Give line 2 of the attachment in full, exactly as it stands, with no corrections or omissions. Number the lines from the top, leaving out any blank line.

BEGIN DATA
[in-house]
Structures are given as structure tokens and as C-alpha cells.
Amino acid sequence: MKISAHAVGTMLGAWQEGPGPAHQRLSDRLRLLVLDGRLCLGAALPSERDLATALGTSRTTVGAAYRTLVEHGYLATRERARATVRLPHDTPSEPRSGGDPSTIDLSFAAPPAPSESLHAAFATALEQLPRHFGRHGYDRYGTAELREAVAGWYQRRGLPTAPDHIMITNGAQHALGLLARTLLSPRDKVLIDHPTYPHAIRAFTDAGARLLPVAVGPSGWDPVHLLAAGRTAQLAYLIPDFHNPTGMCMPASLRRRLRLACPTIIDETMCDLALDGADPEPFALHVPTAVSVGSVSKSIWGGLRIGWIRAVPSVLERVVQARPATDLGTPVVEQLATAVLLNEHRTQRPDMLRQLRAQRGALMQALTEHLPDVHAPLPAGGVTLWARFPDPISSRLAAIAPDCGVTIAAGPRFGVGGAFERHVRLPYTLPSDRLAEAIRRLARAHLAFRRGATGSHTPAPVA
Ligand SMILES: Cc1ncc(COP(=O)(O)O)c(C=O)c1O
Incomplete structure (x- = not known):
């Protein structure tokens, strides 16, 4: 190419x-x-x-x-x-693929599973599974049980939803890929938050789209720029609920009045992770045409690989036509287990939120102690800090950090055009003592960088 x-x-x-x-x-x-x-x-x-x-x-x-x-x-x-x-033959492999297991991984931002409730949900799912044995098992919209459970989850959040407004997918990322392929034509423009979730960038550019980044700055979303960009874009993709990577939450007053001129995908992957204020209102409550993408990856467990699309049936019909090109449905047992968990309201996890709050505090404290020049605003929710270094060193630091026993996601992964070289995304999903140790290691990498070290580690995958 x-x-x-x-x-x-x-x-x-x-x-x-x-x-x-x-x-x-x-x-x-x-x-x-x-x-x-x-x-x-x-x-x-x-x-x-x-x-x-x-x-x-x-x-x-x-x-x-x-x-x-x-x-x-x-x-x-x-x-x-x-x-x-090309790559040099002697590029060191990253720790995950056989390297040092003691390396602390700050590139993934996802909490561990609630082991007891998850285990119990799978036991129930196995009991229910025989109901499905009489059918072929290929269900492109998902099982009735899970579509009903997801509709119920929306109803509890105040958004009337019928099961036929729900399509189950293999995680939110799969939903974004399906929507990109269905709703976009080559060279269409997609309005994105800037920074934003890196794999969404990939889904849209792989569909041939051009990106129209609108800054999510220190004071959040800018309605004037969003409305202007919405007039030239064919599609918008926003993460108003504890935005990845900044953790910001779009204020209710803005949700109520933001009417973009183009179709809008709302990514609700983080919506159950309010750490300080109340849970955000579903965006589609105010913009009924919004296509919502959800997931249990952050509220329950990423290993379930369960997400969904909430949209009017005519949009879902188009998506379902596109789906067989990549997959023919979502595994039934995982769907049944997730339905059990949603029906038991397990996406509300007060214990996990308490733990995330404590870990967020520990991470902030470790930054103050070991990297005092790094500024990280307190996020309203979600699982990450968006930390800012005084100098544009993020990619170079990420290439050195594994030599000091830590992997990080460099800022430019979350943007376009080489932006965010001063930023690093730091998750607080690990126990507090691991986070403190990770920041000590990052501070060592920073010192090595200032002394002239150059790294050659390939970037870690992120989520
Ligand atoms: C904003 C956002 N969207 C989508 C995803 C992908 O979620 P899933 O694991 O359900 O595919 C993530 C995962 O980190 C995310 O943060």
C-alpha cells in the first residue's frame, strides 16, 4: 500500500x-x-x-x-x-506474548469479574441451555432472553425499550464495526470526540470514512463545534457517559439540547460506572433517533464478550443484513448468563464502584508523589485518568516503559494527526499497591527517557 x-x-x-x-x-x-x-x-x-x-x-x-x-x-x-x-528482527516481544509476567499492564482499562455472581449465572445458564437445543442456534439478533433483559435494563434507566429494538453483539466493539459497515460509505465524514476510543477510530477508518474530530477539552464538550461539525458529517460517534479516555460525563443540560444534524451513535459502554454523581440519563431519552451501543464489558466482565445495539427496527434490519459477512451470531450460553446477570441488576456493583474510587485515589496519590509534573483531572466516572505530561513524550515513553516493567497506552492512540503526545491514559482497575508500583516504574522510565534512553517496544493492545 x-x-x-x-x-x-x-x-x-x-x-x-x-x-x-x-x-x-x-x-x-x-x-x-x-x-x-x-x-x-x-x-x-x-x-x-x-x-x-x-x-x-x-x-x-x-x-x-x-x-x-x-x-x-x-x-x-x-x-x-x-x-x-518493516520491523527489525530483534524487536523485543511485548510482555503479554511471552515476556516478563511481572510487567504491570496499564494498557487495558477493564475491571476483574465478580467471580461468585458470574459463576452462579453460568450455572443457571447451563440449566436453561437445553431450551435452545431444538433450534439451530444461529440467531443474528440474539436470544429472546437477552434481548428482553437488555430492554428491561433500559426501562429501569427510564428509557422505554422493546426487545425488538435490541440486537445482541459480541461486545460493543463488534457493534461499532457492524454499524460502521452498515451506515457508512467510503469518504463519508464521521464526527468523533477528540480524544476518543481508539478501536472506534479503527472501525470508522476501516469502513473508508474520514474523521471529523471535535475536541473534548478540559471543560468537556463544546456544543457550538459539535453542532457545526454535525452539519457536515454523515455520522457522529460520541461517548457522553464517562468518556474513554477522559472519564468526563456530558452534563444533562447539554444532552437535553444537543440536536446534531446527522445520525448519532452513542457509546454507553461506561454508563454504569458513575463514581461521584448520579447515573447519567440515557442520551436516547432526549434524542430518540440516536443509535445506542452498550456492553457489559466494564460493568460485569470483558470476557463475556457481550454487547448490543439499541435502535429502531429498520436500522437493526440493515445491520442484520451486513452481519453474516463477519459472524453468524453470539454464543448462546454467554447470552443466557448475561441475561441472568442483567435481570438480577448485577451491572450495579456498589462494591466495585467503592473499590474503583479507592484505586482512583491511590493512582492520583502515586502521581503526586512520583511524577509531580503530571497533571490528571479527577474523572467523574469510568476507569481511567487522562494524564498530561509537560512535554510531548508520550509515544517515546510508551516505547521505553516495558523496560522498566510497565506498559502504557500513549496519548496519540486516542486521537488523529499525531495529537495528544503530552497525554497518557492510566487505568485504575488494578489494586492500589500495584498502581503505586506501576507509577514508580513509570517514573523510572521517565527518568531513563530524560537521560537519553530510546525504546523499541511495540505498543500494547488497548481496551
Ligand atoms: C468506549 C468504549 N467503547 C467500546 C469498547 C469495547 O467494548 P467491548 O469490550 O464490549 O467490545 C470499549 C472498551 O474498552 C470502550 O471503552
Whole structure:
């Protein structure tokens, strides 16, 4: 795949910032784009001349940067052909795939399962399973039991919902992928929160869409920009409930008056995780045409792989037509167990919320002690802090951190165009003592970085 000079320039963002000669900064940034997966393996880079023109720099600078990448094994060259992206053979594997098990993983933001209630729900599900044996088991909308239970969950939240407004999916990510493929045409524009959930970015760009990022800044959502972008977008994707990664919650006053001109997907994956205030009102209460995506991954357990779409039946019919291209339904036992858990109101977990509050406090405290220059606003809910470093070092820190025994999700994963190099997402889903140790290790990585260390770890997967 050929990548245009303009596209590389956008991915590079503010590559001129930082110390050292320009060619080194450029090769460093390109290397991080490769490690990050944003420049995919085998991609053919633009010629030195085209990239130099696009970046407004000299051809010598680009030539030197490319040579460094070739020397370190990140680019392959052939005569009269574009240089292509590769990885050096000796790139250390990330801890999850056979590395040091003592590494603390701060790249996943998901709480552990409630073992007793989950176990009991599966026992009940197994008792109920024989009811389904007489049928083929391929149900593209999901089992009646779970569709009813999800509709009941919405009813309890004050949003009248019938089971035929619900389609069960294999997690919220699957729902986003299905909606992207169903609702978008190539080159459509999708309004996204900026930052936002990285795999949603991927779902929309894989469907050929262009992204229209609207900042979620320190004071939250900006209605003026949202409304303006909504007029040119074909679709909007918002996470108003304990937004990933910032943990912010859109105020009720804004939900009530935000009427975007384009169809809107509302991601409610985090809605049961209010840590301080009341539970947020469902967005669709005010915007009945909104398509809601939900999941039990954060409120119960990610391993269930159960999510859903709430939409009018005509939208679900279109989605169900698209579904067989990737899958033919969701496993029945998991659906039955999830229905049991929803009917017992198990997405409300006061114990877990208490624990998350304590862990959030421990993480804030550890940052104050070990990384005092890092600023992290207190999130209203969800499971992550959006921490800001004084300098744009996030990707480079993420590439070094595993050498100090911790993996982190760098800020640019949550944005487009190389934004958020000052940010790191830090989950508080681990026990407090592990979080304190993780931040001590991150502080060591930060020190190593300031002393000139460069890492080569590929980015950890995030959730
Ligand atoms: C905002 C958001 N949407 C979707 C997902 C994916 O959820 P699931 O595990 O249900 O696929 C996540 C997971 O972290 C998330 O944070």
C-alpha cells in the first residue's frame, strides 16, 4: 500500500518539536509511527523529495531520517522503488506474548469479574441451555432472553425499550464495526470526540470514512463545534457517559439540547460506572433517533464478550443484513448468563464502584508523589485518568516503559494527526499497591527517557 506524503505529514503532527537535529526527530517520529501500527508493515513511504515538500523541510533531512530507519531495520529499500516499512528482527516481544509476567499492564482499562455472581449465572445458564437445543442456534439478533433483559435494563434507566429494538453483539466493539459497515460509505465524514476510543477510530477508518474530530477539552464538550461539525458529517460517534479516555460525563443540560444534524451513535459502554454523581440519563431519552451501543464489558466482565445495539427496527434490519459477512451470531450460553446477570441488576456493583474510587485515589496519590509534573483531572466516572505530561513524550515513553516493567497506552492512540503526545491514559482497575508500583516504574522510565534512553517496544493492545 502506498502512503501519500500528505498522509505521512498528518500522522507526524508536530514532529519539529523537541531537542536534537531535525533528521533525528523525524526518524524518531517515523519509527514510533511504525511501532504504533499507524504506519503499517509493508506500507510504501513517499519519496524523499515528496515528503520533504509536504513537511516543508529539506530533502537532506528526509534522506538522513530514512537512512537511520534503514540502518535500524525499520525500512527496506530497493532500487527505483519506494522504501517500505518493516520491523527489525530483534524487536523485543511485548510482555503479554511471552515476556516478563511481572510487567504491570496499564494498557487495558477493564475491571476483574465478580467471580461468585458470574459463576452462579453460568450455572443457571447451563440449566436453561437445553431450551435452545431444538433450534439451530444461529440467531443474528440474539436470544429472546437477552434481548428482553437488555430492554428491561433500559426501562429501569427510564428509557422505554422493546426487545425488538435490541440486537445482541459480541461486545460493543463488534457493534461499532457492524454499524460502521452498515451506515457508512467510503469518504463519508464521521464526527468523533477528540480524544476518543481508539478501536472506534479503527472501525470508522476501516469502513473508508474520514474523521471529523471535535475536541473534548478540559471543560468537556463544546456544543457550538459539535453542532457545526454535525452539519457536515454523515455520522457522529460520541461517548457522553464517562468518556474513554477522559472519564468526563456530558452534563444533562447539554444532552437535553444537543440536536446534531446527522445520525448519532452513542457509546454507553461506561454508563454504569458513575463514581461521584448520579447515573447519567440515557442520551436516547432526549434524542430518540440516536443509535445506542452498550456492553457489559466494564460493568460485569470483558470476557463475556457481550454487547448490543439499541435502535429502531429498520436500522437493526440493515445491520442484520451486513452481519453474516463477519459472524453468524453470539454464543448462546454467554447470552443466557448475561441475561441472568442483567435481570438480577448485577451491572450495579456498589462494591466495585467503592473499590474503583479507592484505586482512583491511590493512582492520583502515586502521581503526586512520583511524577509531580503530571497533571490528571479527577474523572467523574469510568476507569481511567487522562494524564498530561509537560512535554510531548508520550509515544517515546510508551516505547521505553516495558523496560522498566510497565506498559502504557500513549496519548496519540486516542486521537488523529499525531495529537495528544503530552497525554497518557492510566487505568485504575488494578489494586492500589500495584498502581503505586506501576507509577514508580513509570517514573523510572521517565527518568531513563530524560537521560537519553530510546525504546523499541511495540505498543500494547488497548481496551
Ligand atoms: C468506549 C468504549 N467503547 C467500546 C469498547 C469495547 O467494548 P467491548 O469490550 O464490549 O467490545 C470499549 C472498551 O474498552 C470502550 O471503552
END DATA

Structures are given as structure tokens and as C-alpha cells.